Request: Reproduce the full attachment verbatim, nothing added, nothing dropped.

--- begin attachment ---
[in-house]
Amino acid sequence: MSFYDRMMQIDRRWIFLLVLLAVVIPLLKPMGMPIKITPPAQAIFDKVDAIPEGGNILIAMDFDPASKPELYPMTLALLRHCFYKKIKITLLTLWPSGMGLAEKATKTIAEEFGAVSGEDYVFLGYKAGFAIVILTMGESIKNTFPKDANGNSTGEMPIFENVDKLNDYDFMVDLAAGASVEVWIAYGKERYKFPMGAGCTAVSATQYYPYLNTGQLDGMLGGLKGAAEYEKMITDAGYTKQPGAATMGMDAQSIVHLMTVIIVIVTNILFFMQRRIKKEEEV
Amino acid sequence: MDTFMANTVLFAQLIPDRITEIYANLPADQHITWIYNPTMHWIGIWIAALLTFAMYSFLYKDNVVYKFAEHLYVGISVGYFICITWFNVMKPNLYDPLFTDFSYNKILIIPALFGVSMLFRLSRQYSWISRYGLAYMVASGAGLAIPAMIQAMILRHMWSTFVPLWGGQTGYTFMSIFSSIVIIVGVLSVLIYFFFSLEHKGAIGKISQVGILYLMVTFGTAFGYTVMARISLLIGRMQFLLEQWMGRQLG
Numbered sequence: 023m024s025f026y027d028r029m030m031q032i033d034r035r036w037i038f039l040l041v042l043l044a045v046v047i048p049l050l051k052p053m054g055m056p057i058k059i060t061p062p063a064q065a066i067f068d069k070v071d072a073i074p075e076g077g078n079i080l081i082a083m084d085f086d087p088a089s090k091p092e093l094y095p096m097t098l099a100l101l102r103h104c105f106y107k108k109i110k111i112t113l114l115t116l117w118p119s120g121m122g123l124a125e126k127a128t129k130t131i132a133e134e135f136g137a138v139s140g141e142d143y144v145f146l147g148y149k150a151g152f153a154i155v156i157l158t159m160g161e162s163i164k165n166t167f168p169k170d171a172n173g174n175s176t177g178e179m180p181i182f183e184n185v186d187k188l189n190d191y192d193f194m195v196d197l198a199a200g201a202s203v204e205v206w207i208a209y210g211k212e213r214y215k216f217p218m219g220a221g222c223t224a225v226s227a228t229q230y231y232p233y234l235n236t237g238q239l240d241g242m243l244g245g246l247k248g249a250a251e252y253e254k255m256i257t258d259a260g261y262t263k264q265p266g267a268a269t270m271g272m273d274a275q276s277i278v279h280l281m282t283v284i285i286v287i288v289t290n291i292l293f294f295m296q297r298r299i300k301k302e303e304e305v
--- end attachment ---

[in-house]
Amino acid sequence: MSFYDRMMQIDRRWIFLLVLLAVVIPLLKPMGMPIKITPPAQAIFDKVDAIPEGGNILIAMDFDPASKPELYPMTLALLRHCFYKKIKITLLTLWPSGMGLAEKATKTIAEEFGAVSGEDYVFLGYKAGFAIVILTMGESIKNTFPKDANGNSTGEMPIFENVDKLNDYDFMVDLAAGASVEVWIAYGKERYKFPMGAGCTAVSATQYYPYLNTGQLDGMLGGLKGAAEYEKMITDAGYTKQPGAATMGMDAQSIVHLMTVIIVIVTNILFFMQRRIKKEEEV
Amino acid sequence: MDTFMANTVLFAQLIPDRITEIYANLPADQHITWIYNPTMHWIGIWIAALLTFAMYSFLYKDNVVYKFAEHLYVGISVGYFICITWFNVMKPNLYDPLFTDFSYNKILIIPALFGVSMLFRLSRQYSWISRYGLAYMVASGAGLAIPAMIQAMILRHMWSTFVPLWGGQTGYTFMSIFSSIVIIVGVLSVLIYFFFSLEHKGAIGKISQVGILYLMVTFGTAFGYTVMARISLLIGRMQFLLEQWMGRQLG
Numbered sequence: 023m024s025f026y027d028r029m030m031q032i033d034r035r036w037i038f039l040l041v042l043l044a045v046v047i048p049l050l051k052p053m054g055m056p057i058k059i060t061p062p063a064q065a066i067f068d069k070v071d072a073i074p075e076g077g078n079i080l081i082a083m084d085f086d087p088a089s090k091p092e093l094y095p096m097t098l099a100l101l102r103h104c105f106y107k108k109i110k111i112t113l114l115t116l117w118p119s120g121m122g123l124a125e126k127a128t129k130t131i132a133e134e135f136g137a138v139s140g141e142d143y144v145f146l147g148y149k150a151g152f153a154i155v156i157l158t159m160g161e162s163i164k165n166t167f168p169k170d171a172n173g174n175s176t177g178e179m180p181i182f183e184n185v186d187k188l189n190d191y192d193f194m195v196d197l198a199a200g201a202s203v204e205v206w207i208a209y210g211k212e213r214y215k216f217p218m219g220a221g222c223t224a225v226s227a228t229q230y231y232p233y234l235n236t237g238q239l240d241g242m243l244g245g246l247k248g249a250a251e252y253e254k255m256i257t258d259a260g261y262t263k264q265p266g267a268a269t270m271g272m273d274a275q276s277i278v279h280l281m282t283v284i285i286v287i288v289t290n291i292l293f294f295m296q297r298r299i300k301k302e303e304e305v